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Three years into the nationalization of housing finance by government-sponsored entities Fannie Mae, Freddie Mac, and the Federal Housing Authority (FHA), it is time to start reducing their footprints. This is not an easy task, for as Ronald Reagan observed in 1964, “A government bureau is the nearest thing to eternal life we’ll ever see on this earth.” The same might be said for temporary legislative enactments.
Currently, American taxpayers guarantee some 95 percent of new mortgage loans made each month thanks to their backing of Fannie, Freddie, and FHA. In its February 2011 white paper on housing finance reform, the Obama administration recognized that no private-sector market for financing mortgages will be able to fully develop until competition from these three entities is reduced. The administration recommended that FHA be retargeted to its original mission and Fannie and Freddie be eliminated over time.
To this end, the administration suggested, as a first step, allowing the temporary loan limits that were put in place in 2008 to expire on September 30, 2011. On October 1 the GSEs’ loan limit for high cost areas dropped from $729,750 to $625,500, with the general loan limit remaining unchanged at $417,000. To put these numbers in perspective, the median priced U.S. home sells for $172,000 and the median priced home in the most expensive metro area (San Jose-Sunnyvale-Santa Clara, California) sells for $610,000. Also, the $417,000 general loan limit was first put in place in 2006, when housing prices were 20 percent higher than they are today. FHA’s loan limits were also reduced from unprecedented temporary levels on October 1.
American taxpayers guarantee some 95 percent of new mortgage loans made each month thanks to their backing of Fannie, Freddie, and FHA.
Rather that leaving well enough alone, on Thursday October 20 the U.S. Senate approved an amendment that would restore these expired maximum loan limits. This amendment, sponsored by Senators Bob Menendez (D-New Jersey) and Johnny Isakson (R-Georgia), passed 60-38. It allows affluent homeowners to continue receiving a federal subsidy to qualify for mortgage financing costs upwards of $1 million provided they have an annual income of $200,000. This has never been, nor should it be, the mission of Fannie or Freddie, much less FHA.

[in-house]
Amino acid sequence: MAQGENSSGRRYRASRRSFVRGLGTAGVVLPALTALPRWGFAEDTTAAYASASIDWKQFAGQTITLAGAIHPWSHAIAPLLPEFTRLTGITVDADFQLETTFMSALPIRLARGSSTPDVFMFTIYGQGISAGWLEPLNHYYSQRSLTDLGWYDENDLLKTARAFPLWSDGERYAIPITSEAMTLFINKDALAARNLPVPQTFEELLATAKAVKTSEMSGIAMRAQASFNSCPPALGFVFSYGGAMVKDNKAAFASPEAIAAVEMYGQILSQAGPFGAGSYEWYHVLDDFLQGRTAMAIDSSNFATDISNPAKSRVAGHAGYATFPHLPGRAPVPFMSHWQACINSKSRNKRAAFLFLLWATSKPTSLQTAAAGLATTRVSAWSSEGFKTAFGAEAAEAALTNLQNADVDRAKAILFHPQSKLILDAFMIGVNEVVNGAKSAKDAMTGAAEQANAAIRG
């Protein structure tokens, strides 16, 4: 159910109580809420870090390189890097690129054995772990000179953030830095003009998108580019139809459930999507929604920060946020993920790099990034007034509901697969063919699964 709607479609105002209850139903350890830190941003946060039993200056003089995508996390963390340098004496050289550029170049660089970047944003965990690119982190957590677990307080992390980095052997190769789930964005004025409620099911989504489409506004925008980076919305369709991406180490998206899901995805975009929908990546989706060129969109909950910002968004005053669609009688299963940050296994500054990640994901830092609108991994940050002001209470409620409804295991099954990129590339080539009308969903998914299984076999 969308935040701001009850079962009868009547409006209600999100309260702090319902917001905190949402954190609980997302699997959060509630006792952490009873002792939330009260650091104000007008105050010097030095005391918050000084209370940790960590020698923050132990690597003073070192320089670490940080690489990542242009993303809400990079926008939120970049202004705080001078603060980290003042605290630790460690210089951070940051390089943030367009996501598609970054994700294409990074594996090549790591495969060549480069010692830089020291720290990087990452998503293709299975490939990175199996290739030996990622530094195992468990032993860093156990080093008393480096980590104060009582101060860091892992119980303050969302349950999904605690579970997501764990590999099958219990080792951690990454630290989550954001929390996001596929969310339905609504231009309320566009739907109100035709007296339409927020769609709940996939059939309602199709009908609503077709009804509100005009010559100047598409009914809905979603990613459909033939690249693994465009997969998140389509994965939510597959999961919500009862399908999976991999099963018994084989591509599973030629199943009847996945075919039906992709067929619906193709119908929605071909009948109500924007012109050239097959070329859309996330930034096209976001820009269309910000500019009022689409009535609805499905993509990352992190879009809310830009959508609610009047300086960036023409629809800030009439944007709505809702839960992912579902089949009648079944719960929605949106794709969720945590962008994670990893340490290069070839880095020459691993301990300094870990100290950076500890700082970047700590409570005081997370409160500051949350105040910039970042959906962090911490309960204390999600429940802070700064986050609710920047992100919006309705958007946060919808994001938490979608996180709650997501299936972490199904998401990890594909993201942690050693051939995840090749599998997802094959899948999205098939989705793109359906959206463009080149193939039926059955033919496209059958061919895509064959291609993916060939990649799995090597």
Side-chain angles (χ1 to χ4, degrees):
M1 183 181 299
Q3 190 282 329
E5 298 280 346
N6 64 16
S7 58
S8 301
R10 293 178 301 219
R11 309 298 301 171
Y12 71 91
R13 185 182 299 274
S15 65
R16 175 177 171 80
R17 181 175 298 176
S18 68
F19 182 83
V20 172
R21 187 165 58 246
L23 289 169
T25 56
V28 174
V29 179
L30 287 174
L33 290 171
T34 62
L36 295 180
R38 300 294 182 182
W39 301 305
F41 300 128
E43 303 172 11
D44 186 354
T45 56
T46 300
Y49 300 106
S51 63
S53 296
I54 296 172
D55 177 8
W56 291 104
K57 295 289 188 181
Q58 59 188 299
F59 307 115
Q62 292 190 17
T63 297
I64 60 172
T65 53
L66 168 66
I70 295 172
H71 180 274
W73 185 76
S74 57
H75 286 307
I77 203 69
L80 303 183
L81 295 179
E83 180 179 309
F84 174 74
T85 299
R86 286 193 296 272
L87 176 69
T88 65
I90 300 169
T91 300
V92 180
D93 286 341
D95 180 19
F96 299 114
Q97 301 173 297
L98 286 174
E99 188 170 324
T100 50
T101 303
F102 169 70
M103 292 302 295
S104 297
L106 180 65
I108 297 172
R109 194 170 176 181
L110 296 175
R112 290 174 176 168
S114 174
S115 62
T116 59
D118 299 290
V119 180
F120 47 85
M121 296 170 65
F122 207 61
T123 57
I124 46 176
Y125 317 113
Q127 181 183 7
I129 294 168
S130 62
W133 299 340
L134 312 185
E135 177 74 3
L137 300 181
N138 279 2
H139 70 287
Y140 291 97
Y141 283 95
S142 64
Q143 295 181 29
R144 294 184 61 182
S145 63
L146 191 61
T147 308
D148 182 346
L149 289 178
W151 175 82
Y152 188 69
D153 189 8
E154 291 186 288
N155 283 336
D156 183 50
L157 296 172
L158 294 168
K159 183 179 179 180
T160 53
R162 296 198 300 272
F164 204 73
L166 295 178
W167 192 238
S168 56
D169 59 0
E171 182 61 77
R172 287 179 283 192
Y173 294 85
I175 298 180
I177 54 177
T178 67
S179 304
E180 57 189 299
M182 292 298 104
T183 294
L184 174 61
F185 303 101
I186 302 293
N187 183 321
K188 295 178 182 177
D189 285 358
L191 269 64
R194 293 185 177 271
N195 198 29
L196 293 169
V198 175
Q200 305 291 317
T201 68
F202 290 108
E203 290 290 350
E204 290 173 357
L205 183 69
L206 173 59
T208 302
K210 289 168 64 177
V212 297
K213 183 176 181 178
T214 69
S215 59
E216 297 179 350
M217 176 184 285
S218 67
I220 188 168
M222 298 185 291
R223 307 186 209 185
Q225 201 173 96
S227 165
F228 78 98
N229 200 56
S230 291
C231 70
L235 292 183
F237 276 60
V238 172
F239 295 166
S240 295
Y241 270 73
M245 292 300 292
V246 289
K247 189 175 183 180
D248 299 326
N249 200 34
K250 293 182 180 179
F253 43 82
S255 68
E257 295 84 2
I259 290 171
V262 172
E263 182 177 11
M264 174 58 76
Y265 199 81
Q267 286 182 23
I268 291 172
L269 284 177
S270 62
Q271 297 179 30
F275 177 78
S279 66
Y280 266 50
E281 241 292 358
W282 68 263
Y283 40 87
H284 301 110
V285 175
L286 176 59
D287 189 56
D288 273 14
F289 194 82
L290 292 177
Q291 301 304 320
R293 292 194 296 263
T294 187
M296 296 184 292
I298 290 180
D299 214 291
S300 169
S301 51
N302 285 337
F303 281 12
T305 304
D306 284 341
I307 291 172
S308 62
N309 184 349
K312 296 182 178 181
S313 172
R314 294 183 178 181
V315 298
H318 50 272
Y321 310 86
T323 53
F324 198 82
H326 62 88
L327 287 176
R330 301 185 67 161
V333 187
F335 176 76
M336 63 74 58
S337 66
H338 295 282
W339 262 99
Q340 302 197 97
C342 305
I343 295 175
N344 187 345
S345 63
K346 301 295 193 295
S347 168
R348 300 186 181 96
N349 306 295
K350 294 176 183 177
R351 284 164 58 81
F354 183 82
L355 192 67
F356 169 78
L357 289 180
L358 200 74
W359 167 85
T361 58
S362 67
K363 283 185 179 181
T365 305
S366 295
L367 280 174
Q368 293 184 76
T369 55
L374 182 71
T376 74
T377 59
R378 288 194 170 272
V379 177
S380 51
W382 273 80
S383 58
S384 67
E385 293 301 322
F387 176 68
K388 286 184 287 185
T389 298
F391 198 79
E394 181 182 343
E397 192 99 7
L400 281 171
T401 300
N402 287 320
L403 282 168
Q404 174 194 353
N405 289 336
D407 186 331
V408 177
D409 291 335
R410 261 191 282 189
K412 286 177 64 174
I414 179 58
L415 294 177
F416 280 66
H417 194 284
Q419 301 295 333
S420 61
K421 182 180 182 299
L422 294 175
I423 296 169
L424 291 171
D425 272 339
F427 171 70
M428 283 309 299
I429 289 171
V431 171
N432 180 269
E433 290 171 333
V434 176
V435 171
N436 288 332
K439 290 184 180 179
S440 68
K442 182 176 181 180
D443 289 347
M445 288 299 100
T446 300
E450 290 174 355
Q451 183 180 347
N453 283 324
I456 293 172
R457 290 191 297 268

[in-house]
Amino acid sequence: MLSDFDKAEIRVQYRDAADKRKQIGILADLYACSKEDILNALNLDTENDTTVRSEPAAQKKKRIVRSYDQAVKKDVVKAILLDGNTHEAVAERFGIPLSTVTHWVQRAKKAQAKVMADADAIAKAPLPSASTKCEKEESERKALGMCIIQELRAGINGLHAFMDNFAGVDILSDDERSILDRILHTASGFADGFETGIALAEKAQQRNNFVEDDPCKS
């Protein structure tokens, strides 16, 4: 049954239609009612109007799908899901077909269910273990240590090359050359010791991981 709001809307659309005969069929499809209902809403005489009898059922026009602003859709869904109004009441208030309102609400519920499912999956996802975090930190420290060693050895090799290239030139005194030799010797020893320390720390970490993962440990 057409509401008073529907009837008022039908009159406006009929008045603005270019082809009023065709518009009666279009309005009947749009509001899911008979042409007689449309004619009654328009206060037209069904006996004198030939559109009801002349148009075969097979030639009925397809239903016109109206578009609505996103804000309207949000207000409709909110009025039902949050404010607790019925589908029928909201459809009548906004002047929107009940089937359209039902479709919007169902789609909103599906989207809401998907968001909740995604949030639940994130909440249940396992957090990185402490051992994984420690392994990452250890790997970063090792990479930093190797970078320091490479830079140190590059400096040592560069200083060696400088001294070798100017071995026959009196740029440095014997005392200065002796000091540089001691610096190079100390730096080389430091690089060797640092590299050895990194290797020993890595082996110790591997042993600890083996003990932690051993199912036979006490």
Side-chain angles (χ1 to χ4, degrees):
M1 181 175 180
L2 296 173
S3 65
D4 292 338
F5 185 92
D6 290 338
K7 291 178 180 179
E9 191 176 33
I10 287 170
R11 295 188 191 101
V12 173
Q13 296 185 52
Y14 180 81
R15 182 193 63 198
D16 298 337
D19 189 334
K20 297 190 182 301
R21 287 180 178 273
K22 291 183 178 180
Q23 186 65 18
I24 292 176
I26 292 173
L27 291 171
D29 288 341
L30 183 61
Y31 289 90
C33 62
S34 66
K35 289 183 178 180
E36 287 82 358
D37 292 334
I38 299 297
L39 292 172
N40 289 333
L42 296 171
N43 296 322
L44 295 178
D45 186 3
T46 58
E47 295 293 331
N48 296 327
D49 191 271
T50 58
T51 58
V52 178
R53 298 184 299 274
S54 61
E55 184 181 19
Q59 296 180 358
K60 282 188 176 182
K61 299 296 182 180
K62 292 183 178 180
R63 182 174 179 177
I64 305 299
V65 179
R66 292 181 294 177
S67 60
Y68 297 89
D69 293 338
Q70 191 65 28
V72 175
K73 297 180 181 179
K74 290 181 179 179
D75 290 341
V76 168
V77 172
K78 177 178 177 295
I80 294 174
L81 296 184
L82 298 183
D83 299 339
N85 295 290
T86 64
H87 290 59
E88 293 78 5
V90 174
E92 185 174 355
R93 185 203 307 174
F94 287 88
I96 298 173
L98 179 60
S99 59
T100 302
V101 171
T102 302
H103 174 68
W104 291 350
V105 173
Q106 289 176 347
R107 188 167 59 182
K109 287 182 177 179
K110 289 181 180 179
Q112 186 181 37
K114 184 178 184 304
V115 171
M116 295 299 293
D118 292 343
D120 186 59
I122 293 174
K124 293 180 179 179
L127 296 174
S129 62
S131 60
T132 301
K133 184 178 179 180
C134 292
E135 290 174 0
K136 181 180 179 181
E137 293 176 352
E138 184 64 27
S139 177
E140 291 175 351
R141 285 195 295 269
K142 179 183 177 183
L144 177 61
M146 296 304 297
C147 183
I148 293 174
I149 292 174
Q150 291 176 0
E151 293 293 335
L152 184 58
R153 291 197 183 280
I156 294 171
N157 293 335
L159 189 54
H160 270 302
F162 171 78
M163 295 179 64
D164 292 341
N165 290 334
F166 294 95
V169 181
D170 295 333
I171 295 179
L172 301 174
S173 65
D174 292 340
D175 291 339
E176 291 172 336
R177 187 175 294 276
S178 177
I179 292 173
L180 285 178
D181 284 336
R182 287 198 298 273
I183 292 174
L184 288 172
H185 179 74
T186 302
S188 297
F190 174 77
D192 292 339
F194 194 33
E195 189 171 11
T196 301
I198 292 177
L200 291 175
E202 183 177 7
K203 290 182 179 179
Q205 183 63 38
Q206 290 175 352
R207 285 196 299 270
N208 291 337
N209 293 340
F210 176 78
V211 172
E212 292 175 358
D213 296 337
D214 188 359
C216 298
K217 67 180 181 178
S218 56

In addition to raising the limits, the amendment also imposes a new “premium fee” paid by the homeowner on conventional loans that are above the $625,000 limit (up to $729,000) applicable to Fannie and Freddie, but not FHA. While some argue that these fees help protect the taxpayers from further exposure to Fannie and Freddie, a more likely outcome is that much of this risk merely shifts to FHA. In essence, the amendment raises the cost of loans originating in the private sector, further overextending the already stressed FHA, which provides a 100 percent government-backed guarantee should the loan default.
The Senate’s vote to increase the subsidy to $729,750 now shifts to the House of Representatives. The House should keep these policy points in mind as members consider this issue:
• The loan limits fell with no significant impact on the housing market.
In the short time since the loan limits were lowered, there has been no real evidence of adverse impacts on the housing market. To the contrary, the pace of home sales actually increased in September, despite the fact that lenders had already begun conforming to the lower loan limits back in July. Furthermore, the Federal Reserve reported recently that the lower limits would have impacted about 3 percent of purchase mortgages last year. This does not mean these loans would not have been made: Many of these high cost homes could have been financed at somewhat higher rates or with a larger down payment.